I find it very frustrating that you're able to block this, despite offering no evidence whatsoever -- not one link, not one book referenced nor one concrete fact beyond "Look at the history," and "Everyone knows they're different," -- but, yes, we shall have to wait to see if anyone else comes along. Jnthn0898 (talk) 12:14, 28 November 2009 (UTC)

I briefly looked at the U.N. document for which you/Jnthn0898 provide a link, and it clearly indicates that 'creative industries' and 'cultural industry' are defined differently.

You point out that the term 'cultural industry' emphasizes non-commodity (non-mass-audience?) types of (intellectually created) products. This is quite different from creative industries where the focus is on using intellectual ability to create, without any implications about whether the created product is for mass consumption or not. (Of course both terms overlap because they both emphasize the importance of creating what can be protected as intellectual property.)

I have no desire to emphasize a U.S.-centric perspective.

I do see the need to avoid confusing a governmental (and NGO and U.N.-centric) orientation with an economic/business orientation. (And perhaps there is also an academic orientation.) Although the governmental and economic orientations overlap, there are significant differences.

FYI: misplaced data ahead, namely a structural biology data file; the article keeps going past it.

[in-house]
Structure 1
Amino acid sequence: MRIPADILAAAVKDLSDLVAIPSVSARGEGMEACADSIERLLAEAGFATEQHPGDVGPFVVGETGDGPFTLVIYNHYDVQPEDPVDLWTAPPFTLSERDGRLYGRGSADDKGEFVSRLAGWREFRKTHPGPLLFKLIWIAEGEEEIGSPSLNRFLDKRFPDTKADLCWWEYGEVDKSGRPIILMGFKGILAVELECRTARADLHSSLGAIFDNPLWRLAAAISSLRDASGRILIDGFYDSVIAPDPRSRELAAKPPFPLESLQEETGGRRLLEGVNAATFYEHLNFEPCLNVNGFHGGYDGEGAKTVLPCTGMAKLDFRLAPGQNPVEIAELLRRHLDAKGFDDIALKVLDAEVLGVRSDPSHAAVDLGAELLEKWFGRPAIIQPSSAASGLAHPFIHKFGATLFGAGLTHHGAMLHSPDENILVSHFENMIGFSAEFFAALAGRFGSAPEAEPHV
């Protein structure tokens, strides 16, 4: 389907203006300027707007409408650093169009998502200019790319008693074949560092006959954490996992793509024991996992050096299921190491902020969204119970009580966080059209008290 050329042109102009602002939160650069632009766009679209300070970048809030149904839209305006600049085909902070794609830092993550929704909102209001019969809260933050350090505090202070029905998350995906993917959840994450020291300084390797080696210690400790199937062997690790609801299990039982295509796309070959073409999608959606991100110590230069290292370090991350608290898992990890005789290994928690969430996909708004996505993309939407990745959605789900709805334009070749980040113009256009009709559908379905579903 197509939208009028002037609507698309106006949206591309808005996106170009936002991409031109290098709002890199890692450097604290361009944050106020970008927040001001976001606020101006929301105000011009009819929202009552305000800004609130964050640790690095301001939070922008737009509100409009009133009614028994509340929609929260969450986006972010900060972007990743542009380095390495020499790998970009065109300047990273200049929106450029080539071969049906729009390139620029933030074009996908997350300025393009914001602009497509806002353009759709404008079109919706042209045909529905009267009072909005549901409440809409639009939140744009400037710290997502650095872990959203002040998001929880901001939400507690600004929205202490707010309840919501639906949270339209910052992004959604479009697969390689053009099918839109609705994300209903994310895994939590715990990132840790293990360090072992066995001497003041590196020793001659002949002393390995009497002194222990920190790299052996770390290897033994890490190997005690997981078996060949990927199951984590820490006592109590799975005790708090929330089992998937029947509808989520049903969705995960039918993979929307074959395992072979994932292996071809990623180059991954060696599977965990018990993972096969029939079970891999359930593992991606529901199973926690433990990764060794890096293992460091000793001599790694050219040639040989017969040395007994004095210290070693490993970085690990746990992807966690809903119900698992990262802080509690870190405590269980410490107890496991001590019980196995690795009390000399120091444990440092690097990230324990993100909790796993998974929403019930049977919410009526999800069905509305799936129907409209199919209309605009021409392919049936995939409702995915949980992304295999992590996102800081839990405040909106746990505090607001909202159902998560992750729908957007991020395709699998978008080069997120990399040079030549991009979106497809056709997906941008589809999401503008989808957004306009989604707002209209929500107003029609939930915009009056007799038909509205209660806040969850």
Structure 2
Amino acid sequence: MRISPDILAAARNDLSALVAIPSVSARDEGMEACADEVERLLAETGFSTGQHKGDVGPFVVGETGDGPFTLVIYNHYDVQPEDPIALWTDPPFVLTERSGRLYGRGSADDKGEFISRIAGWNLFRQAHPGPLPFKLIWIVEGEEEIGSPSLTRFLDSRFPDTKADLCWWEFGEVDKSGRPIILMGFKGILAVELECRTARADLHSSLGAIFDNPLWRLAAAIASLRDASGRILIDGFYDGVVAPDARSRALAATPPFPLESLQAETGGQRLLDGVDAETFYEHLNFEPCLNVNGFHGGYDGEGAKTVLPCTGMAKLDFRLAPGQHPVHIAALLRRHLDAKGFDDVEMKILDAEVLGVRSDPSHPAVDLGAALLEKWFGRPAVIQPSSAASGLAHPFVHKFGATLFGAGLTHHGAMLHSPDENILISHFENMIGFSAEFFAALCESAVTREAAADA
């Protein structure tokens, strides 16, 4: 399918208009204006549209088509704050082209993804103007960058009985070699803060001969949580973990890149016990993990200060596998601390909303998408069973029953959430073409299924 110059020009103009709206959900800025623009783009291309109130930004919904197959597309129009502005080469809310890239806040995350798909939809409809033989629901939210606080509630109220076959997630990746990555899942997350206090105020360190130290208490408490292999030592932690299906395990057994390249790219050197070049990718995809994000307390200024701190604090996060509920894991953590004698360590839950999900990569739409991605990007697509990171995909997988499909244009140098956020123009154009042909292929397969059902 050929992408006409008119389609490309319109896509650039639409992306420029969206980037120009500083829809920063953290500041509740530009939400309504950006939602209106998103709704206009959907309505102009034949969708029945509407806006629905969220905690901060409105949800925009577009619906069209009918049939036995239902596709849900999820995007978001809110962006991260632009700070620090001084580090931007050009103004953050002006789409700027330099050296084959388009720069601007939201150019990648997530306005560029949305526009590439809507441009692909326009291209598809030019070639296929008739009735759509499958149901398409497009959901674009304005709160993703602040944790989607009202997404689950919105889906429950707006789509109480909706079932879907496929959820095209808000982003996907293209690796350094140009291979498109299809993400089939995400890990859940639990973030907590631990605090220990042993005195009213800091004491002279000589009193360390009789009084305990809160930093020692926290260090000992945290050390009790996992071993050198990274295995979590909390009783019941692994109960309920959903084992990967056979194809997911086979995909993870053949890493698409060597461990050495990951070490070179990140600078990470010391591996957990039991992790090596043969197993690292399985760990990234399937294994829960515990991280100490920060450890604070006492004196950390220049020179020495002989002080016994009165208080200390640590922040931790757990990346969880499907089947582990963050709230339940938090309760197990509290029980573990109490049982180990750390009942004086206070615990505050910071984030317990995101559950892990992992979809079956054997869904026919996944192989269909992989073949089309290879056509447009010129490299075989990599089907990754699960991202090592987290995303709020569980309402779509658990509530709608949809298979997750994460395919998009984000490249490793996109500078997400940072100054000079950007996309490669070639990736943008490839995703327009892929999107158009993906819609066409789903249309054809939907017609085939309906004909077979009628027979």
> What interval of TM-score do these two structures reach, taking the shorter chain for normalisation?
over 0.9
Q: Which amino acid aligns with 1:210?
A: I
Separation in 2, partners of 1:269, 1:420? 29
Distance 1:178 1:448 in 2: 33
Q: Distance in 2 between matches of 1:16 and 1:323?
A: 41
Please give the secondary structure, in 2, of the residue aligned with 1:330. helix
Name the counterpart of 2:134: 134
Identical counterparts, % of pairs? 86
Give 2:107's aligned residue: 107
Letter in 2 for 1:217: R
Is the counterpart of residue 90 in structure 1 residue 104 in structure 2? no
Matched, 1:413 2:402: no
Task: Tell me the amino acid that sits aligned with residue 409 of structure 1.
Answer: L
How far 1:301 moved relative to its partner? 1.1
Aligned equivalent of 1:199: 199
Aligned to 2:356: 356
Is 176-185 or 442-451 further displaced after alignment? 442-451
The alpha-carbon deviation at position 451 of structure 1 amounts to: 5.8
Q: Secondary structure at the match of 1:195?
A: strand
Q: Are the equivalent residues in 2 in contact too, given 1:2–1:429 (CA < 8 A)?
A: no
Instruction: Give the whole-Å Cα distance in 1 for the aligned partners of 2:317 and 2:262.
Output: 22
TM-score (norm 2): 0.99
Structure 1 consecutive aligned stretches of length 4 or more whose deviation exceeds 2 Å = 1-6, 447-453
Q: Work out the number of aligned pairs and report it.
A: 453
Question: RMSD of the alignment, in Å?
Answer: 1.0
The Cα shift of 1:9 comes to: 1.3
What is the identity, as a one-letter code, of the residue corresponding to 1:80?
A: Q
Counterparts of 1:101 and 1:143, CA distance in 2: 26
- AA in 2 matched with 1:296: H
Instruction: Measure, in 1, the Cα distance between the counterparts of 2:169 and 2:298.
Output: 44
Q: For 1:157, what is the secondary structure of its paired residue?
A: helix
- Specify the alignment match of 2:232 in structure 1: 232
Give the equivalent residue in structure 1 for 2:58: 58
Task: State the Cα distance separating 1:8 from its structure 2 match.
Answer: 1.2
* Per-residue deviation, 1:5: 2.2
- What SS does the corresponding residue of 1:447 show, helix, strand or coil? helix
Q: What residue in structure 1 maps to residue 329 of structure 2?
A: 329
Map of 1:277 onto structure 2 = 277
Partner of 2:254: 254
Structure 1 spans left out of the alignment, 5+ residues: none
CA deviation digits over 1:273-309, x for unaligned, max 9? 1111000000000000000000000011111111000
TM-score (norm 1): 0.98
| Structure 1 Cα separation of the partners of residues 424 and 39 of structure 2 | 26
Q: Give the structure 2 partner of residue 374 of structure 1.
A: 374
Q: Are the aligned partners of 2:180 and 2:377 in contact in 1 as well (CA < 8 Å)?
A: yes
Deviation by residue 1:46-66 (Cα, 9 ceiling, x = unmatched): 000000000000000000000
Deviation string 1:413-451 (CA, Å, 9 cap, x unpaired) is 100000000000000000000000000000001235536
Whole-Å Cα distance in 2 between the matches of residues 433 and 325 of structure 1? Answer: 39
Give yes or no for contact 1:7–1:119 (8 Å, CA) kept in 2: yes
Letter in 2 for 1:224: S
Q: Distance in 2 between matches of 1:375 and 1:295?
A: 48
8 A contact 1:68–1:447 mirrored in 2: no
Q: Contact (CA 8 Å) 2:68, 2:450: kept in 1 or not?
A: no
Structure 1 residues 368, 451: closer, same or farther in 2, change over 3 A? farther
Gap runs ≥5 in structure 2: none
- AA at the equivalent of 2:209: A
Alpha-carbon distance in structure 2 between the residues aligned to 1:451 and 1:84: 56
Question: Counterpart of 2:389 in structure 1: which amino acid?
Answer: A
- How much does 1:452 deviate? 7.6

I too would like to see more input from others. Alas, considering the economic importance of this article during the current economic crisis, this article is not getting as much attention as it deserves. To repeat the importance, money is attracted to a region by businesses that create things of value that previously did not exist. In contrast, many businesses (such as banks, legal firms, insurance companies, etc.) just redistribute what already exists, and therefore do not provide any net gain economically. VoteFair (talk) 17:43, 29 November 2009 (UTC)